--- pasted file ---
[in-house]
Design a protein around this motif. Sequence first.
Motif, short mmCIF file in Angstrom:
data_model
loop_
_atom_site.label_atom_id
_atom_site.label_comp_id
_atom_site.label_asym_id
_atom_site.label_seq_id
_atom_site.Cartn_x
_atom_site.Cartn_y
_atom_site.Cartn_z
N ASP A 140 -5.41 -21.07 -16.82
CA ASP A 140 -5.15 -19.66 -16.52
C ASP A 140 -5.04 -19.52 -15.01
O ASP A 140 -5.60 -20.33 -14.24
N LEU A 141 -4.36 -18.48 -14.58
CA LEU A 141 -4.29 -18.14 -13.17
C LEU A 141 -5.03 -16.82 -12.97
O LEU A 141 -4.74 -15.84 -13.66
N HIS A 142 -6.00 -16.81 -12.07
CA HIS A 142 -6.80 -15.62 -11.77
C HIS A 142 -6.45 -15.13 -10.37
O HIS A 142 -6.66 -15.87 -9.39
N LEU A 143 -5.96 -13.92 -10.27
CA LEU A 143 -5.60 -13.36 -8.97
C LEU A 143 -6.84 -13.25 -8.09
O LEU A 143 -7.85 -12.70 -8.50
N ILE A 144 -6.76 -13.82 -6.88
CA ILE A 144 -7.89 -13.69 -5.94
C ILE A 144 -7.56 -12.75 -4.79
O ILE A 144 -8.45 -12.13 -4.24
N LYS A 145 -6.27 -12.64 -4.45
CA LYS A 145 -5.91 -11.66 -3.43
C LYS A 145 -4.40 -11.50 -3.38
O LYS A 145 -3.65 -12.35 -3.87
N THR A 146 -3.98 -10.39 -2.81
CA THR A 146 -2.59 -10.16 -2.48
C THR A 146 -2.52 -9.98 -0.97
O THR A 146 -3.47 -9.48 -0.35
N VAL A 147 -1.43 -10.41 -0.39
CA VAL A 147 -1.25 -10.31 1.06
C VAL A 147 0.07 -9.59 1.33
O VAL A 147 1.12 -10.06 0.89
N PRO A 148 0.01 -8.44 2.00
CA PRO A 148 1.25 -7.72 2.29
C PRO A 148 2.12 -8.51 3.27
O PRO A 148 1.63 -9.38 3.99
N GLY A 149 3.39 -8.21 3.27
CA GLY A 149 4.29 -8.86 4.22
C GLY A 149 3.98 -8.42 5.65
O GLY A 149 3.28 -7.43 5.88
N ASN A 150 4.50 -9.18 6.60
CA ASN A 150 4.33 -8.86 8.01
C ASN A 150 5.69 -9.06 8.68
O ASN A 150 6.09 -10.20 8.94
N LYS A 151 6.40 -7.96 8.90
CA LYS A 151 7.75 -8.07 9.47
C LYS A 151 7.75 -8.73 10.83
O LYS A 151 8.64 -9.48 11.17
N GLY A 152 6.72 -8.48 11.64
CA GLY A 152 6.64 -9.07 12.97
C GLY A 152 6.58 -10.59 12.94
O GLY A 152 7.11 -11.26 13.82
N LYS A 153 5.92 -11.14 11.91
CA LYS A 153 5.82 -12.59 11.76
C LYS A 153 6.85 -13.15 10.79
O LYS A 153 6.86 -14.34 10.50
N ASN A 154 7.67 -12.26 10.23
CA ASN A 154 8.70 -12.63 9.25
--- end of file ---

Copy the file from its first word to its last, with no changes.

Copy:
[in-house]
Design a protein around this motif. Sequence first.
Motif, short mmCIF file in Angstrom:
data_model
loop_
_atom_site.label_atom_id
_atom_site.label_comp_id
_atom_site.label_asym_id
_atom_site.label_seq_id
_atom_site.Cartn_x
_atom_site.Cartn_y
_atom_site.Cartn_z
N ASP A 140 -5.41 -21.07 -16.82
CA ASP A 140 -5.15 -19.66 -16.52
C ASP A 140 -5.04 -19.52 -15.01
O ASP A 140 -5.60 -20.33 -14.24
N LEU A 141 -4.36 -18.48 -14.58
CA LEU A 141 -4.29 -18.14 -13.17
C LEU A 141 -5.03 -16.82 -12.97
O LEU A 141 -4.74 -15.84 -13.66
N HIS A 142 -6.00 -16.81 -12.07
CA HIS A 142 -6.80 -15.62 -11.77
C HIS A 142 -6.45 -15.13 -10.37
O HIS A 142 -6.66 -15.87 -9.39
N LEU A 143 -5.96 -13.92 -10.27
CA LEU A 143 -5.60 -13.36 -8.97
C LEU A 143 -6.84 -13.25 -8.09
O LEU A 143 -7.85 -12.70 -8.50
N ILE A 144 -6.76 -13.82 -6.88
CA ILE A 144 -7.89 -13.69 -5.94
C ILE A 144 -7.56 -12.75 -4.79
O ILE A 144 -8.45 -12.13 -4.24
N LYS A 145 -6.27 -12.64 -4.45
CA LYS A 145 -5.91 -11.66 -3.43
C LYS A 145 -4.40 -11.50 -3.38
O LYS A 145 -3.65 -12.35 -3.87
N THR A 146 -3.98 -10.39 -2.81
CA THR A 146 -2.59 -10.16 -2.48
C THR A 146 -2.52 -9.98 -0.97
O THR A 146 -3.47 -9.48 -0.35
N VAL A 147 -1.43 -10.41 -0.39
CA VAL A 147 -1.25 -10.31 1.06
C VAL A 147 0.07 -9.59 1.33
O VAL A 147 1.12 -10.06 0.89
N PRO A 148 0.01 -8.44 2.00
CA PRO A 148 1.25 -7.72 2.29
C PRO A 148 2.12 -8.51 3.27
O PRO A 148 1.63 -9.38 3.99
N GLY A 149 3.39 -8.21 3.27
CA GLY A 149 4.29 -8.86 4.22
C GLY A 149 3.98 -8.42 5.65
O GLY A 149 3.28 -7.43 5.88
N ASN A 150 4.50 -9.18 6.60
CA ASN A 150 4.33 -8.86 8.01
C ASN A 150 5.69 -9.06 8.68
O ASN A 150 6.09 -10.20 8.94
N LYS A 151 6.40 -7.96 8.90
CA LYS A 151 7.75 -8.07 9.47
C LYS A 151 7.75 -8.73 10.83
O LYS A 151 8.64 -9.48 11.17
N GLY A 152 6.72 -8.48 11.64
CA GLY A 152 6.64 -9.07 12.97
C GLY A 152 6.58 -10.59 12.94
O GLY A 152 7.11 -11.26 13.82
N LYS A 153 5.92 -11.14 11.91
CA LYS A 153 5.82 -12.59 11.76
C LYS A 153 6.85 -13.15 10.79
O LYS A 153 6.86 -14.34 10.50
N ASN A 154 7.67 -12.26 10.23
CA ASN A 154 8.70 -12.63 9.25